Corp America February 2017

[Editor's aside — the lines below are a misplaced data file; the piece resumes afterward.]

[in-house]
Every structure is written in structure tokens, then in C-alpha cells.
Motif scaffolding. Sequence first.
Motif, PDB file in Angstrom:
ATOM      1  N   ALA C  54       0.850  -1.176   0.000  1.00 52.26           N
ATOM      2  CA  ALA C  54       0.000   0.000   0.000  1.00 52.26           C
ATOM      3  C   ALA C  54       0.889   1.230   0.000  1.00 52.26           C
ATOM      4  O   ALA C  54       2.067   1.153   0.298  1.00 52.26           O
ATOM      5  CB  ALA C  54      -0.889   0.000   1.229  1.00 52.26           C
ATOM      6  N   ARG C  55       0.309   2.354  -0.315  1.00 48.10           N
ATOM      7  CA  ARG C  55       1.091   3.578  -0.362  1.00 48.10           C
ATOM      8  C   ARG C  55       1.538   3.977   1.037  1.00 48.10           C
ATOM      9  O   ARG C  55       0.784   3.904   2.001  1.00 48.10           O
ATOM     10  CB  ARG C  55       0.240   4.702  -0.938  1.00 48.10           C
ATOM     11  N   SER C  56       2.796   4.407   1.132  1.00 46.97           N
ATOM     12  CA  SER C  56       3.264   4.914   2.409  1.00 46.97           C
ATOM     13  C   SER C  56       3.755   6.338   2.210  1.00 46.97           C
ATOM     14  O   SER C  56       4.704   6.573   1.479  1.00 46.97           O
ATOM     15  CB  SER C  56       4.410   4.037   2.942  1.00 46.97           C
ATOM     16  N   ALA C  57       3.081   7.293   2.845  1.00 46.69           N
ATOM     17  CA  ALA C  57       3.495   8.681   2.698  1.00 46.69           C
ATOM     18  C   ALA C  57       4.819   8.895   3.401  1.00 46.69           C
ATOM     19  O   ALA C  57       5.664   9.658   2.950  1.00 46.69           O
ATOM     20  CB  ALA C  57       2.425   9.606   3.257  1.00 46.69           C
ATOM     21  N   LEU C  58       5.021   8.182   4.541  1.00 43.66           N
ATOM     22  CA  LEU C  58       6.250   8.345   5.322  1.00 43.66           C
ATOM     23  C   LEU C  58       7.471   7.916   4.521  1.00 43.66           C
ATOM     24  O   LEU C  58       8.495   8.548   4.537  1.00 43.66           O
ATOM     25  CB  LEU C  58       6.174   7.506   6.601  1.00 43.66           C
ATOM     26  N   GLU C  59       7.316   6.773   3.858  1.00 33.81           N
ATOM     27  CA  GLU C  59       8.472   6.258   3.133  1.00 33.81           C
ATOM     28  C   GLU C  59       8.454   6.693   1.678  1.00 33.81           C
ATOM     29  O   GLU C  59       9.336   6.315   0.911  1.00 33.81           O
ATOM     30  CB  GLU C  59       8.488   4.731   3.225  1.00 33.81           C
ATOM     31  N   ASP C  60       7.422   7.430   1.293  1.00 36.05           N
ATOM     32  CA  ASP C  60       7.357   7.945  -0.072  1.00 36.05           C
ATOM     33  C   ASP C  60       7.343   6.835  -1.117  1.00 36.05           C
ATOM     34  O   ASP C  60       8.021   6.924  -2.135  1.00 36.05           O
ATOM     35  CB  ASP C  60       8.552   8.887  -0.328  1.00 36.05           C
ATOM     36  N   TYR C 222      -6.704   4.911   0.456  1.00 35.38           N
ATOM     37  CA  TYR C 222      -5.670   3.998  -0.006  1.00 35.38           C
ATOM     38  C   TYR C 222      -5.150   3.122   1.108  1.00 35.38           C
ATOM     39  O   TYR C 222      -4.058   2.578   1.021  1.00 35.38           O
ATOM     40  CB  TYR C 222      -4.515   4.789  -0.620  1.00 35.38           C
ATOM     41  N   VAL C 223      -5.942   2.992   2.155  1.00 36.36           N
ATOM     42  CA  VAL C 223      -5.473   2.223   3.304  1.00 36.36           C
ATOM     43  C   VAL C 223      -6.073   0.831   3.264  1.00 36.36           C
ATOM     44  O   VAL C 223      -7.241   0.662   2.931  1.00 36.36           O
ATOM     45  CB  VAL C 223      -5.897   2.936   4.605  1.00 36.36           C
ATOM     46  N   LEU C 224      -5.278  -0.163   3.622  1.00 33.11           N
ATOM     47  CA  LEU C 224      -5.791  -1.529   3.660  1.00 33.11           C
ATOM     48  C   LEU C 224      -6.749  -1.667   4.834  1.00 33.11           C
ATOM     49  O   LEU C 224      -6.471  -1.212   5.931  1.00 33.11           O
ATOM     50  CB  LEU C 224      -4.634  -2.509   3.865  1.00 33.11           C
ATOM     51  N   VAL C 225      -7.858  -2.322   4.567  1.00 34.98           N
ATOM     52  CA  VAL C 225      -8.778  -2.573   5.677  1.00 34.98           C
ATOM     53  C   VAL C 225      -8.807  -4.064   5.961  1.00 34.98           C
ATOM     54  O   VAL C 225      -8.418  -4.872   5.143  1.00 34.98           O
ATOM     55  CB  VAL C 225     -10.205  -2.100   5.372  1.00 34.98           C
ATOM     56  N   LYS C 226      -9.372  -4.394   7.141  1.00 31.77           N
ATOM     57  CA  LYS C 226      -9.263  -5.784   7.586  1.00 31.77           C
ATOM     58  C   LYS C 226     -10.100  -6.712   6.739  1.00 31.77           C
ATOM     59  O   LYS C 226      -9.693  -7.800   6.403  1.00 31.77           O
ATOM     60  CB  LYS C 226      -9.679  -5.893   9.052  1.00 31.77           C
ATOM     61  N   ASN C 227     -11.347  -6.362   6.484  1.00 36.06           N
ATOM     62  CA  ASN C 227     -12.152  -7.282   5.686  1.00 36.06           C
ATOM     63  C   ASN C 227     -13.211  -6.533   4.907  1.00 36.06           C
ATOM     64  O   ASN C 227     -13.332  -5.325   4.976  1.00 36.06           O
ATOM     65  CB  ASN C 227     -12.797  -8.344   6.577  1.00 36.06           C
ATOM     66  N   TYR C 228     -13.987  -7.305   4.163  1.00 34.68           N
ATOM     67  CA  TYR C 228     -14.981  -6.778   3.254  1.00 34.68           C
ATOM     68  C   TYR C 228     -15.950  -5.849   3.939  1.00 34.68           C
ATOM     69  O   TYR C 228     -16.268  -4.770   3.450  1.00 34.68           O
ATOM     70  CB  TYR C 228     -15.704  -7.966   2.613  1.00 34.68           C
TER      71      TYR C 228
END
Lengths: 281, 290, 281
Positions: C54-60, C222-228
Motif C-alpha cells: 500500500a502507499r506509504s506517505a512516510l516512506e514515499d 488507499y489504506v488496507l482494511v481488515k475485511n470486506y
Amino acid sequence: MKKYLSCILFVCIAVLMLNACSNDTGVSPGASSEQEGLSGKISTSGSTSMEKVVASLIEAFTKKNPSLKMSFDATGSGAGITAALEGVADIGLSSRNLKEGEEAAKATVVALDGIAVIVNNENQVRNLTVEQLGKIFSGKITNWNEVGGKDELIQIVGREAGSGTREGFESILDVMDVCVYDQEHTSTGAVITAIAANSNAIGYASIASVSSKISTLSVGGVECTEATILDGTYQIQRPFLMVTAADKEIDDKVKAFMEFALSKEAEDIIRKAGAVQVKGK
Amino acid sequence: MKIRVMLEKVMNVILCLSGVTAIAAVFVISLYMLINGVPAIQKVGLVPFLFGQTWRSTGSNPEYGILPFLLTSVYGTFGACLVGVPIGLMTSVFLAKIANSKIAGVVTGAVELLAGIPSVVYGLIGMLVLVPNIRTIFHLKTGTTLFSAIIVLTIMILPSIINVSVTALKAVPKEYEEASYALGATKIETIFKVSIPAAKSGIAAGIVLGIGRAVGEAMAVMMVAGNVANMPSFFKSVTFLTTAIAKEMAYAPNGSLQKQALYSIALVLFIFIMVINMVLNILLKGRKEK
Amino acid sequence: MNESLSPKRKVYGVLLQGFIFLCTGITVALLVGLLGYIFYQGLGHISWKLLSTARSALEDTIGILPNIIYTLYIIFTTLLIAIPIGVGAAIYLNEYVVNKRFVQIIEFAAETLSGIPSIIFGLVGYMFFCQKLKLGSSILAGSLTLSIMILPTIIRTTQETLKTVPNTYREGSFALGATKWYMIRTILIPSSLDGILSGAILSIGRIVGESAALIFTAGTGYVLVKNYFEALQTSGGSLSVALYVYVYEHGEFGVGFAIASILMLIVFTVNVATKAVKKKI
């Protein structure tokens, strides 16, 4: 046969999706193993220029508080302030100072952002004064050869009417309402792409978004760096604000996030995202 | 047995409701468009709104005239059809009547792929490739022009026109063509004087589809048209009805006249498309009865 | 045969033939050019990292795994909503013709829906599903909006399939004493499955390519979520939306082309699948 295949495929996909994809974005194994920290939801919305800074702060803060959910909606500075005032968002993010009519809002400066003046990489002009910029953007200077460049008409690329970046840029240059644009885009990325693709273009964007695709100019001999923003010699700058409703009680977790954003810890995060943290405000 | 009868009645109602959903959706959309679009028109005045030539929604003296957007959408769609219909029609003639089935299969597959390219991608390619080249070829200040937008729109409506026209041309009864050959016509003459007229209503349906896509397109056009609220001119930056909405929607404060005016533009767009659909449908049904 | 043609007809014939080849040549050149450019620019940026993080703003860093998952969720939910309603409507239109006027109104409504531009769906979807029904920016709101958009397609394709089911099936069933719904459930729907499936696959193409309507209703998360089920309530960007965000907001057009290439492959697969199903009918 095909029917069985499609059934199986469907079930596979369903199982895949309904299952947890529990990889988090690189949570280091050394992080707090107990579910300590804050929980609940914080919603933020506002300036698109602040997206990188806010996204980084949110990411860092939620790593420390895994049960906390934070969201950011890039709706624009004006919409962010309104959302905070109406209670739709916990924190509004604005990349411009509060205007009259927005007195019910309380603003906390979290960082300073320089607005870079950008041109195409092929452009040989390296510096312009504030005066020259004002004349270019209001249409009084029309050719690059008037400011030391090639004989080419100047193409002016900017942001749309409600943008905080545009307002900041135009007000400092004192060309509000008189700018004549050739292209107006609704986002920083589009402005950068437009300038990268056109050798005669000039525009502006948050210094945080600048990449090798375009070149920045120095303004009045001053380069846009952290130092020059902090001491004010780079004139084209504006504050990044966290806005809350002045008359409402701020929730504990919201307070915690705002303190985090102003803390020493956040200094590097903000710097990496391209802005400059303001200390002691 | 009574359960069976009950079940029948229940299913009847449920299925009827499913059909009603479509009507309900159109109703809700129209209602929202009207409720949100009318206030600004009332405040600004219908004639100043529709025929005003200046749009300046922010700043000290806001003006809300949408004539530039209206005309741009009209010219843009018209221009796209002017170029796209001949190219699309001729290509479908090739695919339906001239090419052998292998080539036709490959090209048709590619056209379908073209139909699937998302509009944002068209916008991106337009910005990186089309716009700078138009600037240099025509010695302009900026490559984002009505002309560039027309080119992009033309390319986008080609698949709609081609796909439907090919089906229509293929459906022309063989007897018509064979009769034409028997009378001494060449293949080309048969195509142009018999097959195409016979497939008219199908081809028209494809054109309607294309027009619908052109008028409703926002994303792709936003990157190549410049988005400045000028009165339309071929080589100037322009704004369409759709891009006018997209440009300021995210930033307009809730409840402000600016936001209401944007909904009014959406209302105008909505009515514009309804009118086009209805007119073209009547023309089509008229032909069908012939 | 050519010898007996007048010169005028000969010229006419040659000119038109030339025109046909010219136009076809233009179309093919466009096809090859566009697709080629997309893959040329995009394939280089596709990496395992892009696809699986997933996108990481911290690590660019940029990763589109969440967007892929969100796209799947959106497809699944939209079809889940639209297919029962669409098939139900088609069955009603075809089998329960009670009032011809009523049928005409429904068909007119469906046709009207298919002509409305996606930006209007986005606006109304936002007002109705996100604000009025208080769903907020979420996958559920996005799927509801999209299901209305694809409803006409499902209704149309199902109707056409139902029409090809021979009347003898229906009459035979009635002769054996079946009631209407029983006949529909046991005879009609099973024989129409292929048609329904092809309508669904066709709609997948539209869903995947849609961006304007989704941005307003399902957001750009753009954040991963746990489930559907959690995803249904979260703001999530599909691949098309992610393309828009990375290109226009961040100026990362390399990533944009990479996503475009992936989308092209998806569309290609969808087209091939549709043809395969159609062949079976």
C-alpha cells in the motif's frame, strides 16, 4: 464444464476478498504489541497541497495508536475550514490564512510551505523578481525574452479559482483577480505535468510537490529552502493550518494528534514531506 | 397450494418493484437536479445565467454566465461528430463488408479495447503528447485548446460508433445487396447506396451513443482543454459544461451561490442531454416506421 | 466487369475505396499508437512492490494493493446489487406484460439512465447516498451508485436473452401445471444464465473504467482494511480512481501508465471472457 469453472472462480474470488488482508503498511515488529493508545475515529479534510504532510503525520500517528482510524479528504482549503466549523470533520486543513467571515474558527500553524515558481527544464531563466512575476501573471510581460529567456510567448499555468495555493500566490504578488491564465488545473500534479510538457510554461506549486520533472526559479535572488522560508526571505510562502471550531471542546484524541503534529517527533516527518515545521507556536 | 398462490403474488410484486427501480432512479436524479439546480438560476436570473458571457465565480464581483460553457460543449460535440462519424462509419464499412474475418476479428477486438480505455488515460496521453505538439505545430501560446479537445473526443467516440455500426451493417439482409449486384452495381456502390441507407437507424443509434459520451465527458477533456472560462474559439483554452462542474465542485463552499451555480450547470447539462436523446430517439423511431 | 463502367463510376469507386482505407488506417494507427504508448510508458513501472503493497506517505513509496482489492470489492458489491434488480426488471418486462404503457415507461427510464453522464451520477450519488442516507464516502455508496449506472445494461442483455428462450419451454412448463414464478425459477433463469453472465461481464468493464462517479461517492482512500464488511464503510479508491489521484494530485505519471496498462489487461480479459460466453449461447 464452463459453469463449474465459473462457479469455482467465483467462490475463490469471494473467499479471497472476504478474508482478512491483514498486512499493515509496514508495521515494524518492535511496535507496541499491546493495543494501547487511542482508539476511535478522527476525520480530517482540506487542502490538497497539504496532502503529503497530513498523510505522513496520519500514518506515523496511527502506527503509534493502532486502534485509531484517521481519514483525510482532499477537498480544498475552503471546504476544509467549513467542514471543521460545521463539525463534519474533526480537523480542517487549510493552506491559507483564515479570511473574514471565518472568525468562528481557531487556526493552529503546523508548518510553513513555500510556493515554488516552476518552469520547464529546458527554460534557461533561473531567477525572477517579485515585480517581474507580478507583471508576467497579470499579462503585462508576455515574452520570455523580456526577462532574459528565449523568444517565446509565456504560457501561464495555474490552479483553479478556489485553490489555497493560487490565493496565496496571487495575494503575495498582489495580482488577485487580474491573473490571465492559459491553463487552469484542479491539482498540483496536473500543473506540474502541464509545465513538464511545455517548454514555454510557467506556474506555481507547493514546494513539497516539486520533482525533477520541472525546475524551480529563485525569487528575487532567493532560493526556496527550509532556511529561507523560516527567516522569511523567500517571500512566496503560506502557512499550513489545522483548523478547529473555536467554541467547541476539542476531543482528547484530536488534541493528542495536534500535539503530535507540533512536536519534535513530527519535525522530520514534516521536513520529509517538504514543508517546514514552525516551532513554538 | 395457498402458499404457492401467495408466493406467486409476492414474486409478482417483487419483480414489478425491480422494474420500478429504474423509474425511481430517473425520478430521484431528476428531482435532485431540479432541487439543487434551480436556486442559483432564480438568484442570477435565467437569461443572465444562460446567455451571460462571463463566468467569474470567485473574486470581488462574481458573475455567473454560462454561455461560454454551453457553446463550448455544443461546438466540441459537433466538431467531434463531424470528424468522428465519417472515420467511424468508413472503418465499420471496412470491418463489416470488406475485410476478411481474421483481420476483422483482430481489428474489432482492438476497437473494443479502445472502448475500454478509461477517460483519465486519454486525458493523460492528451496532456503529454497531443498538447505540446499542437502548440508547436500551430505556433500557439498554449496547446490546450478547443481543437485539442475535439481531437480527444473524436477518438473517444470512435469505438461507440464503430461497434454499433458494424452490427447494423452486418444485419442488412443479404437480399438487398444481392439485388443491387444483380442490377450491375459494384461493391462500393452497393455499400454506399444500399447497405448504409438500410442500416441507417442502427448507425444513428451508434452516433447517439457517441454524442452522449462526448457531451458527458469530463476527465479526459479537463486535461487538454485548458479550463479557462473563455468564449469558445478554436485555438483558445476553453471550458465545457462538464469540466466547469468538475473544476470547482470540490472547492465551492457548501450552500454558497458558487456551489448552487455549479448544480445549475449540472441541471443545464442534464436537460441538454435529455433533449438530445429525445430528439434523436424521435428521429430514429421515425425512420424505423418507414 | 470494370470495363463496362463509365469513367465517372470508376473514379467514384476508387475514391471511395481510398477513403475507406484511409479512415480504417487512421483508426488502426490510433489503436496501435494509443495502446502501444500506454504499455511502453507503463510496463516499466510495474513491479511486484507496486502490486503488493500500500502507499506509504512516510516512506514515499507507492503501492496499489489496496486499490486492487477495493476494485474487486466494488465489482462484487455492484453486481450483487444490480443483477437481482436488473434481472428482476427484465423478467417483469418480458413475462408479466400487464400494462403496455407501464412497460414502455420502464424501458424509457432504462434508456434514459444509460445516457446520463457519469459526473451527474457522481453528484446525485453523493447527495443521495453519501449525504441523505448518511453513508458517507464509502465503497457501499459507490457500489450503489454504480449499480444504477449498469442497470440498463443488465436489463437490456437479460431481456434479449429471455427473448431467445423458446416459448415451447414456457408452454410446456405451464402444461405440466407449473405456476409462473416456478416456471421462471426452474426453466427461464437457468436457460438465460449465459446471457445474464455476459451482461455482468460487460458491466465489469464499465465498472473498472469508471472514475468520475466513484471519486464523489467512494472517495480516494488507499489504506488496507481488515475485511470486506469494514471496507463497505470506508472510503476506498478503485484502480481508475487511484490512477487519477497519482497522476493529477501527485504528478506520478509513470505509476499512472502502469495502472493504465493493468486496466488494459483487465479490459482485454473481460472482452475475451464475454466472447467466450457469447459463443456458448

26 CORP AMERICA / FEBRUARY 2017 , Roger Ferguson is not your typical Human Resources (HR) guy. He understands the importance of legal compliance, can recruit at any level, and can generate an airtight policy on just about any issue that surfaces. He prefers, however, to focus his efforts on process improvement and the bottom-line impact that HR can have on organizations, having amassed a career total of some $80M in documented process improvements. His latest effort is the creation of Big Five PerformanceManagement, an amazingly simple but effective alternative to traditional employee performance appraisals. High Five for Big Five! “In 2015, Deloitte research showed that their 55,000 employees spent an average of 2,000,000 hours per year on the performance appraisal process. That’s a little over 36 hours each year for every employee on the payroll. The pay-off for all that effort? Only 42% of their executives thought that their efforts actually improved performance or drove employee engagement. Other companies have had similar results as the research generally shows the traditional process (annual goal setting, mid-year adjustment review, year-end documentation and scoring) to be tedious, time consuming, morale killing, and outright ineffective,” says Ferguson. He concluded with this summation, “Let’s face it, everybody hates performance appraisals! “Until now, that is,” claims Ferguson. A 30-year veteran of two Fortune 500 companies in HR and Operations, Roger formalized the Big Five process after some 15 years of prior use in various forms at both JPMorgan Chase Bank and the Fluor Corporation. Here’s how it works. In Big Five Performance Management, employees are asked to submit one, half-page, monthly report to their managers detailing two items: 1. Their five most significant accomplishments from last month, and 2. Their five highest priorities for the current month. Bullet points are valued over lengthy narratives as Big Five is designed to be nimble, concise, communication between the employee and their manager. This simple format allows the employee to tell their story, taking credit for the contributions they have made to the team. The on-going use of this process actually helps to shape the way employees begin to think about their jobs, becoming much more aware of their ‘highest and best’ use and developing a habitual method for thinking about their next and future contributions. Requiring the reports to be completed on or before the fifth working day of the month (or the first working day after) helps to install the process into the organizational culture. Managers have five days to respond to the employee’s reports by commending, affirming, guiding, coaching, and yes, even correcting the employee’s monthly priorities to better align with longer term, strategic objectives. The manager’s response is also expected to be concise. Short, simple sentence responses are all that is required for most reports. It is not unusual for managers to respond to high performers with nothing more than a, “Looks good; carry on,” type comment. It is also necessary, on occasion, for the dreaded, “Let’s talk. We do not appear to be aligned on some of these priorities.” As in any bell curve, the detail and complexity of each response will vary from team member to team member from month to month. The results of gathering these 12 monthly reports, that include the manager’s documented coaching, is that Big Five tends to paint a much better picture of the employee’s overall contribution to the team. But the best news is that the 12 monthly reports can totally eliminate the need for the traditional, annual appraisal process. After all, coaching has occurred monthly and continues to occur on a rolling, monthly basis, eliminating the need for any final, summary meeting or process at year end. Employers can still use Big Five documentation to determine an annual score, rating, or ranking for employees, but Ferguson advises against it. “In most organizations scoring is a senseless process. Besides the obvious obstacle of rater bias (some managers grade more easily or harshly than others), I have identified 25 other problems with this practice. Without going into too much detail, the bottom line is that scoring causes more conflict, problems, and liability than it cures,” says Roger. Does this process mean that the manager can run the business by email, never having to leave their office? Absolutely not. Big Five users reports that these monthly reports do not replace face-to-face communication but actually improve it, serving as a catalyst for conversation between managers and their team members. How well does Big Five work? NACE International in Houston, the worldwide leader in coating and corrosion testing, education, and certification for its 35,000 affiliates, installed the process in November of 2015 and have been using it since. The results are impressive. NACE reports that: 1702CA61